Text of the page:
Report: Iraq Warns It Will Attack If Turkish Troops Join Islamic State Fight

Thousands of Iraqi soldiers take part in a training exercise led by the Spanish Army and under the guidance of the US military in the Basmaya camp in the Iraqi capital Baghdad on May 27, 2015. AFP PHOTO / ALI AL-SAADI (Photo credit should read ALI AL-SAADI/AFP/Getty Images)

The armed forces of Iraq will directly attack their Turkish counterparts if the government of Turkey decides to deploy more troops to fight the Islamic State within that country, Iraqi officials have reportedly said, following blistering statements from Prime Minister Haider al-Abadi.

A “senior Iraqi security official” told the U.K.-based outlet Middle East Eye that the Shiite government in Baghdad would not hesitate to attack Turkish troops deployed there if they veer too close to Iraqi government strongholds.

“The Iraqi government seeks to make clear that there is absolutely no role for Turkish forces in the Iraqi sphere. Any movement or intervention by Turkish forces during the military operations [to re-take Mosul] would be faced with a very strong response,” he stated.

Ankara has expressed an enthusiastic desire to participate in the liberations of both Mosul and Raqqa, Syria, the “capitals” of the Islamic State in either country. “We are ready to give all kinds of support in the fight against Daesh [ISIS] in Mosul,” Foreign Minister Mevlüt Çavuşoğlu said on Friday, referring to the troops currently stationed in Iraq, against the wishes of the Iraqi government.

President Recep Tayyip Erdogan, in turn, has said that “Obama particularly wants to do something together [with us] about Raqqa. We have told him that this is not a problem for us.”

“From now on, we have to show that we exist in the region. We do not have an option to step back at this point,” Erdogan added, in statements last month.

Iraqi Prime Minister Haider al-Abadi said earlier this week that Turkey’s presence could spark a “regional war” in Iraq, and the Foreign Minister referred to Turkish troops as a “hostile occupying force.” Both nations summoned each other’s ambassadors over the incident. Middle East Eye quotes Deputy Prime Minister Numan Kurtulmus dismissing Iraqi protests, arguing, “No one has the right to object Turkey’s presence in Iraq when the country is fragmented that much.”

Iraq is currently divided among the Shiite government in Baghdad; the Kurdistan Regional Government (KRG) in the north; the Islamic State in Mosul; and a variety of both Sunni and Shiite roving jihadist militias.

The Shiite militias also told Middle East Eye that they will attack Turkish troops, with one leader saying, “we consider them an occupation force and we will deal with them on this basis.”

Prime Minister Binali Yıldırım has called the Iraqi government’s opposition to the Turkish presence in the country “dangerous and provocative.”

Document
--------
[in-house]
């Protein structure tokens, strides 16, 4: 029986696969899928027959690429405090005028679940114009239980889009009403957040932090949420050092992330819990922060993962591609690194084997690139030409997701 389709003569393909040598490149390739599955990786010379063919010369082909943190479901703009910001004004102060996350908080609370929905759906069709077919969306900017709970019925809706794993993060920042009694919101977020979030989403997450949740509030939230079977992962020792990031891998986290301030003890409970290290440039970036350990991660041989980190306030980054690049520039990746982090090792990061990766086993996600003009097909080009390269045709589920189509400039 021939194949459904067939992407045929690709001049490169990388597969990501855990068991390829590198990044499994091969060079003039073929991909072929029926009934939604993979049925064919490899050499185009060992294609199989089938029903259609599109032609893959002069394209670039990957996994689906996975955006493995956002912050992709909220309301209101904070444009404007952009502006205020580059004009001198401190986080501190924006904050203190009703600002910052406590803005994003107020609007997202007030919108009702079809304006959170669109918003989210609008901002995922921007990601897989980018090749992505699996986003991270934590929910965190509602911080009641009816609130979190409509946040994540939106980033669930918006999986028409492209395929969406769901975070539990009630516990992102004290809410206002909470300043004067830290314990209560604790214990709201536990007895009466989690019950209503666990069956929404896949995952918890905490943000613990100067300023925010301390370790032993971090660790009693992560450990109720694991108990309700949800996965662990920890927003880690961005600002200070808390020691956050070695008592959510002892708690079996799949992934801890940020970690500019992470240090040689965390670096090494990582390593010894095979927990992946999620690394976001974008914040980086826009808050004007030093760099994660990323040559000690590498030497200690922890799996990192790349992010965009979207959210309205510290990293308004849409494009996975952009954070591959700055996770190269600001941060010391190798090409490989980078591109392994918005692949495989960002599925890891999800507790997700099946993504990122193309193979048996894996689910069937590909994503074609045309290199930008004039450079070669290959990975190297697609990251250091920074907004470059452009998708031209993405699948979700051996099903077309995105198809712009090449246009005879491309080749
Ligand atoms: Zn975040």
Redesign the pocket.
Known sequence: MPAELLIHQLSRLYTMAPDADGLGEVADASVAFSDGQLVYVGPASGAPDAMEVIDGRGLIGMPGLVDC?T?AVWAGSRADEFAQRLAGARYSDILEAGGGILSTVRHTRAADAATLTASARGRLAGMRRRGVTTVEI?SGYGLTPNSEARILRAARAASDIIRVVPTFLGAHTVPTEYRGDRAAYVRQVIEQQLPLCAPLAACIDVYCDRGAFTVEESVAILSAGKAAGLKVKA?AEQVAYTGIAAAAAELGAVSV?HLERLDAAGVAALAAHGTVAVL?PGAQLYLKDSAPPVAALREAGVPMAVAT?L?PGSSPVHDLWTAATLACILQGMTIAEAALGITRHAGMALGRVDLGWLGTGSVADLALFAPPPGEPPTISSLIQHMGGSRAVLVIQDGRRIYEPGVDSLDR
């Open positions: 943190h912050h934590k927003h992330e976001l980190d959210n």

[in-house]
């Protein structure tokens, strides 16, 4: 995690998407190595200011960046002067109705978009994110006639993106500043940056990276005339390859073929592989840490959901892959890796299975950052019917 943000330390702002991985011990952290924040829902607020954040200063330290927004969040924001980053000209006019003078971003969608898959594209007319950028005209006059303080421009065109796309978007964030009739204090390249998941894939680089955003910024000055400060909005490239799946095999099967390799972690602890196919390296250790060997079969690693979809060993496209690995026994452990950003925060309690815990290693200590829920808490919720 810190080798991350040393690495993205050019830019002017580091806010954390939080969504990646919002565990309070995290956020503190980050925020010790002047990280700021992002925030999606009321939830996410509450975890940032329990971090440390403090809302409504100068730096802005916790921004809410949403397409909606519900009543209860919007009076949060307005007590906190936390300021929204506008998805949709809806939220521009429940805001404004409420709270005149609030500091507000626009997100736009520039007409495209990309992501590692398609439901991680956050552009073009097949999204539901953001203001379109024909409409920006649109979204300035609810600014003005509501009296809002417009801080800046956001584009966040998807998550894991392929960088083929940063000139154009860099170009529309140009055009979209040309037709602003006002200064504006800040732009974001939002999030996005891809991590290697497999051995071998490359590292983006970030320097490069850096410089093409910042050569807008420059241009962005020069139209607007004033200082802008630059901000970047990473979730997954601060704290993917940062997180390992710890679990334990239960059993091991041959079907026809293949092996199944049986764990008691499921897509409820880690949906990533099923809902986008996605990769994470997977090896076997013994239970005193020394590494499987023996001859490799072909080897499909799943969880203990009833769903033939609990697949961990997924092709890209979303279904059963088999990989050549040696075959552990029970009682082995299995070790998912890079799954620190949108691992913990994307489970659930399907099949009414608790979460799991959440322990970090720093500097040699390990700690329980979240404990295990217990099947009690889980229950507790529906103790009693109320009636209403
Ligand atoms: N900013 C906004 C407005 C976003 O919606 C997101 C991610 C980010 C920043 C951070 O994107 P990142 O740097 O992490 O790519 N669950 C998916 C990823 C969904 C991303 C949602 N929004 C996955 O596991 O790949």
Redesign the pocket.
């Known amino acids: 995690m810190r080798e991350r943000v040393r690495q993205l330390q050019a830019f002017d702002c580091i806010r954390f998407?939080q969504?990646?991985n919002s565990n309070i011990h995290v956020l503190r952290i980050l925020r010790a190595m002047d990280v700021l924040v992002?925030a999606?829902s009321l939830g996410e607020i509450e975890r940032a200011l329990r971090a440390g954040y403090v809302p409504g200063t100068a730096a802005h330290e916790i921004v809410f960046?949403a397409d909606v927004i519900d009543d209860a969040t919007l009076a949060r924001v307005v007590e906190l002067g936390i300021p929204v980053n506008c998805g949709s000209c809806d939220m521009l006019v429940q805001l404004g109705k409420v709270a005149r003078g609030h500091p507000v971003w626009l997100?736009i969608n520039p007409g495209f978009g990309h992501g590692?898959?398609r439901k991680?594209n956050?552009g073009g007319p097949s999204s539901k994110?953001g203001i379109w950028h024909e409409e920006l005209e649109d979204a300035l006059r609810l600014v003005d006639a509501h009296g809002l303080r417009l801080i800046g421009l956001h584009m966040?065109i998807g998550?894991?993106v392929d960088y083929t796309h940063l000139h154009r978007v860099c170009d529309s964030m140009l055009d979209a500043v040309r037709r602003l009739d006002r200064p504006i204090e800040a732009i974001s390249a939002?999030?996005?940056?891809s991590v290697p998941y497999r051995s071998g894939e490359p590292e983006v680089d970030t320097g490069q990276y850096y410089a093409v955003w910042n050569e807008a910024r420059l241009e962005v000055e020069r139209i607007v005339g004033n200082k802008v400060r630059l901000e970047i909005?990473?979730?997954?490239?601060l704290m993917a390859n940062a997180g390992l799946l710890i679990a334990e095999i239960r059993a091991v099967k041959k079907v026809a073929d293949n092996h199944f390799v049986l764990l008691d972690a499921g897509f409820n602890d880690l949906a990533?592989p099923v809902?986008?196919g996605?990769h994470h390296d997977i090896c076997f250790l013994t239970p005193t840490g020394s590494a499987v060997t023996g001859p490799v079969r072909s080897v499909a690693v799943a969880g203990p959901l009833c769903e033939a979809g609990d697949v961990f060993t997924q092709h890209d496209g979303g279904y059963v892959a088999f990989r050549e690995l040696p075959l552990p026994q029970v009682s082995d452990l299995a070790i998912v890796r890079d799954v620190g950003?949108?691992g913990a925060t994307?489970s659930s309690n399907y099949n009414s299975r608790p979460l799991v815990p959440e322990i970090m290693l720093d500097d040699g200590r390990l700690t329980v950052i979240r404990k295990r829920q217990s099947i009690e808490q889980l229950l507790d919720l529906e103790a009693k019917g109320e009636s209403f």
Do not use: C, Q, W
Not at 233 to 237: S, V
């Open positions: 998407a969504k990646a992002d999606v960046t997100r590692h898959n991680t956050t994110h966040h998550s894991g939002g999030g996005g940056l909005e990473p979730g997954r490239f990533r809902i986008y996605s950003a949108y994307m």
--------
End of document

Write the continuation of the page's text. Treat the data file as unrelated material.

Turkey insists its troops are in Iraq at the behest of the KRG in Erbil. “It is clear from the very beginning that the [President Massoud] Barzani administration wanted the support of Turkish forces to train local forces to liberate Mosul,” Turkish government spokesman Numan Kurtulmus said earlier this month. “We will not allow this to be a matter of debate.” Al Monitor notes that the KRG has neither denied this nor enthusiastically embraced a Turkish presence in the region, stating only that they were aware of the troop deployment and did not object.

While Turkey is currently embroiled in a conflict with the Syrian Kurdish militias, which it claims are a wing of the Kurdistan Workers’ Party (PKK) terrorist group, it has enjoyed friendly relations with the Iraqi Kurdish government. Turkey fears that Syrian Kurdish groups will attempt to establish a sovereign Kurdistan using Turkish territory; a sovereign Kurdistan in modern-day Iraq would, on the other hand, not threaten the territorial integrity of Turkey. The KRG has long opposed the PKK and requested it evacuate Iraq.

The United Nations has weighed in on the conflict on behalf of Iraq. The Security Council – now led by Russia, an ally of Iran and Syria, the regional Shiite governments – issued a statement demanding Turkey respect “the principles of sovereignty, territorial integrity, and non-interference.”

Turkish-Russian diplomacy collapsed last year after the Russians repeatedly violated Turkey’s territorial integrity, flying fighter jets meant to be targeting ISIS deep into Turkish airspace.

Erdogan and his Russian counterpart Vladimir Putin have attempted to restore the bilateral relationship, however, and Putin will be traveling to Ankara on October 10.